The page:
I don't trust brands. You shouldn't either. But right now, you can't go wrong with a Motorola smartphone.
Early this year when Google first announced Android Wear, it teased us with the Moto 360. It was by far the best-looking smartwatch we'd ever seen. Many months later it's here at last. It's the best Android Wear device yet, but with the Apple Watch looming on the horizon, it's no longer clear if that's good enough.
Last year's Moto X is the best phone I've ever owned. It's just the right size, it has just the right features. And by the time I'm ready to upgrade, it won't exist anymore, because the way we make smartphones now is dumb.
I do not need a smartwatch (no one does). I do not think smartwatches are anywhere near fully functional yet, or if they'll ever be. But after seeing the Moto 360 yesterday, I know one truth that supersedes those others: I am going to buy one as soon as they let me.
When you've only $150 sitting in your pocket, you have to measure your expectations if you're looking to spend it on a phone. That sort of price bracket used to be the reserve of the cheap, plasticky feature phone, but today's launch of Motorola's Moto E puts a capable Android smartphone at your disposal for just $150.
A new wave of smartphones is here, with a new wave of powerful optics behind them. (41 megapixels, anyone?) And to both celebrate and document the new wave of phone photography, we want to photos that have been shot and edited on nothing but your phone.
Saying that the Motorola Atrix is the best Android phone isn't a big deal; that throne gets usurped every few months. But even though the Atrix's accompanying laptop dock is slow and and expensive, the idea behind it is one of the first innovations in mobile technology in quite a while.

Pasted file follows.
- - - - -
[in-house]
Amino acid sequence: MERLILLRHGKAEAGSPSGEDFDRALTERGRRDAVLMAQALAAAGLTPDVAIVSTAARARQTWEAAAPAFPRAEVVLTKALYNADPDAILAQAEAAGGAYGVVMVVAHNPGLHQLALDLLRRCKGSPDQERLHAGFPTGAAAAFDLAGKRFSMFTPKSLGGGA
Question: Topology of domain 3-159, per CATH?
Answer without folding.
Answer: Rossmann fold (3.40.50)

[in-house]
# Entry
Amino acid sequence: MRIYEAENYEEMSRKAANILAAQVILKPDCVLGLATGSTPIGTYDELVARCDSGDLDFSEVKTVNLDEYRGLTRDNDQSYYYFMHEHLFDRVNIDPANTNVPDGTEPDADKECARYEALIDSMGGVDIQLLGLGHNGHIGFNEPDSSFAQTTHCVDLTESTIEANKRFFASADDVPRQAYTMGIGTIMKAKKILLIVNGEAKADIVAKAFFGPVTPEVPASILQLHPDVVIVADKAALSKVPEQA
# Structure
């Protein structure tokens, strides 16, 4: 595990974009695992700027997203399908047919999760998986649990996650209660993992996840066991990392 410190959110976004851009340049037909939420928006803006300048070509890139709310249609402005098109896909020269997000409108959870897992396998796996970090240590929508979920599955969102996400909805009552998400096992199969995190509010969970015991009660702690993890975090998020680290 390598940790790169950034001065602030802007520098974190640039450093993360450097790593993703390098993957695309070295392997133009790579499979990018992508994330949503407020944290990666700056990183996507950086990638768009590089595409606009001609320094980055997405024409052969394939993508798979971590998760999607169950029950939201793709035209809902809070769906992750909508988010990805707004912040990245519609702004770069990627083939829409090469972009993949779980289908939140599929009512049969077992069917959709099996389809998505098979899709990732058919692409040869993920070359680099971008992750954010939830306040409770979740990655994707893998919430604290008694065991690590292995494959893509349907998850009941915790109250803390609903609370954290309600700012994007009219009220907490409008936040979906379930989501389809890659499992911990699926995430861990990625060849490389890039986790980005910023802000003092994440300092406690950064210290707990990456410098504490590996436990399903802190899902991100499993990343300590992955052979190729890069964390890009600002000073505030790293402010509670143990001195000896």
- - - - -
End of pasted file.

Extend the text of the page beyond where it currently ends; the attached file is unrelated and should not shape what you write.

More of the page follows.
Some disappointing news for those awaiting the arrival of Motorola's tablet: its new page on Verizon's site suggests it won't have Flash at launch. A bit of tiny text on the product page says "Adobe Flash expected Spring 2011," presumably meaning that Moto's waiting for Adobe to roll out the mobile-optimized Flash…
The Motorola Xoom Tablet might not have an operating system that's "finished", but it is still the most promising Android tablet so far. That's because of its tablet-oriented Honeycomb OS, but it's also because it's a nice tablet. [Motorola Xoom]
That weird little Android 2.1-running, Motoblur-skinned slider that popped up in April? It's showing its square self off again in a few more leaked shots, this time with a possible codename and a likely carrier: Motorola Chindi and AT&T.
So Motorola spoke up on the Droid X's eFuse issue: if you install unapproved ROMs on your Droid X, your phone won't break. It'll just go into recovery mode and be unusable until you install Motorola approved software. Gee, thanks Moto.
Some people said that Moto Development Group's original touchscreen accuracy tests were unreliable because there were done by a human. Their solution? Use an industrial robot with precise constant pressure and speed. And the winner is...
Apparently AT&T is struggling a bit with the whole idea of Android, a somewhat open mobile OS. Instead of embracing it and giving users a full experience, they've decided to cripple it and not allow the installation of non-market apps.
It's not enough that Motorola shows a woman with expertly grown legs throwing off a robe before getting into a tub before cutting off the video, they tease an upcoming MOTOBLUR smartphone as well. Tell us about the phone! [Motorola]
MOTO Development Labs devised a simple method of analyzing capacitive touch screens using drawing programs. They put the iPhone, the Nexus One, the Droid, and the Droid Eris through the paces and proved not all touch screens are created equal.